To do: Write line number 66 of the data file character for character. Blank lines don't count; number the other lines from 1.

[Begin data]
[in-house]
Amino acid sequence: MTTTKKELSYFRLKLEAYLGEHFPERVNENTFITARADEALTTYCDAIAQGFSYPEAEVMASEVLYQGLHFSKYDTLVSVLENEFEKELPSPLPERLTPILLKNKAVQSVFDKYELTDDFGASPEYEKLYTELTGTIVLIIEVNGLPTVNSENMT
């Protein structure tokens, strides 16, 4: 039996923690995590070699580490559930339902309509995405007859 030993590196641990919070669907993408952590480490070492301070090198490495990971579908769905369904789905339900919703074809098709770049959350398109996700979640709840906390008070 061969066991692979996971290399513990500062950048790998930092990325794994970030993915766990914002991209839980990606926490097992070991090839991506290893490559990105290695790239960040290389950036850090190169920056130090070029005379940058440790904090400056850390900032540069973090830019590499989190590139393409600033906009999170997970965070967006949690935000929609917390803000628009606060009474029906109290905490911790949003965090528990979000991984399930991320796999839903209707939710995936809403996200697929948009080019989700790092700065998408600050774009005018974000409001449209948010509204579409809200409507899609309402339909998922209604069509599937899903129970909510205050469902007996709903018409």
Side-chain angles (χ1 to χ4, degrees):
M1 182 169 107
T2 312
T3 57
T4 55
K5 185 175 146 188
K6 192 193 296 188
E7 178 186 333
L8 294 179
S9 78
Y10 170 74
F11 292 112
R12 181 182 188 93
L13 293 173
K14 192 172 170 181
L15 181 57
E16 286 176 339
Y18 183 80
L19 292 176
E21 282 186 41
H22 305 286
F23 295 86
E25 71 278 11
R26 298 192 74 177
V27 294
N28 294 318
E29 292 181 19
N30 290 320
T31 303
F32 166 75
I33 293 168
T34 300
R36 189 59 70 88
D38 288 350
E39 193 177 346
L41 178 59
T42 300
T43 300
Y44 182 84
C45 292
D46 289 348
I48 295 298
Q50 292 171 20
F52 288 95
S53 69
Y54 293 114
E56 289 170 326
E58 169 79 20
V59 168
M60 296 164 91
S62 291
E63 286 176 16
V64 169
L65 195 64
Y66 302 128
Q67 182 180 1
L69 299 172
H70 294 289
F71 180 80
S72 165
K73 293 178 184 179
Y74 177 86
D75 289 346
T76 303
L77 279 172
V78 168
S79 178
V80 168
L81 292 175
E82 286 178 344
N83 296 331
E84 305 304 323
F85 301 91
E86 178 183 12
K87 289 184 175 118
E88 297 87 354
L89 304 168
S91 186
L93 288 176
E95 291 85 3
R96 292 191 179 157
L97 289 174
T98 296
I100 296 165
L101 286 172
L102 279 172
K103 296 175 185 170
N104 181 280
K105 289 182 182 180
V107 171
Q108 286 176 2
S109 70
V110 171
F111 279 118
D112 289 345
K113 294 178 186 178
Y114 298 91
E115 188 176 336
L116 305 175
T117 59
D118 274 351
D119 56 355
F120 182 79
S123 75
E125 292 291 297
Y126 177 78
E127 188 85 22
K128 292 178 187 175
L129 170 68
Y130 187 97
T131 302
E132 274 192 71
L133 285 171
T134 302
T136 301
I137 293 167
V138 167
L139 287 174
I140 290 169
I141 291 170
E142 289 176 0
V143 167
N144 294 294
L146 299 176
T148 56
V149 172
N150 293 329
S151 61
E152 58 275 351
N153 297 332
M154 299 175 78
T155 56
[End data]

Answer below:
D75 289 346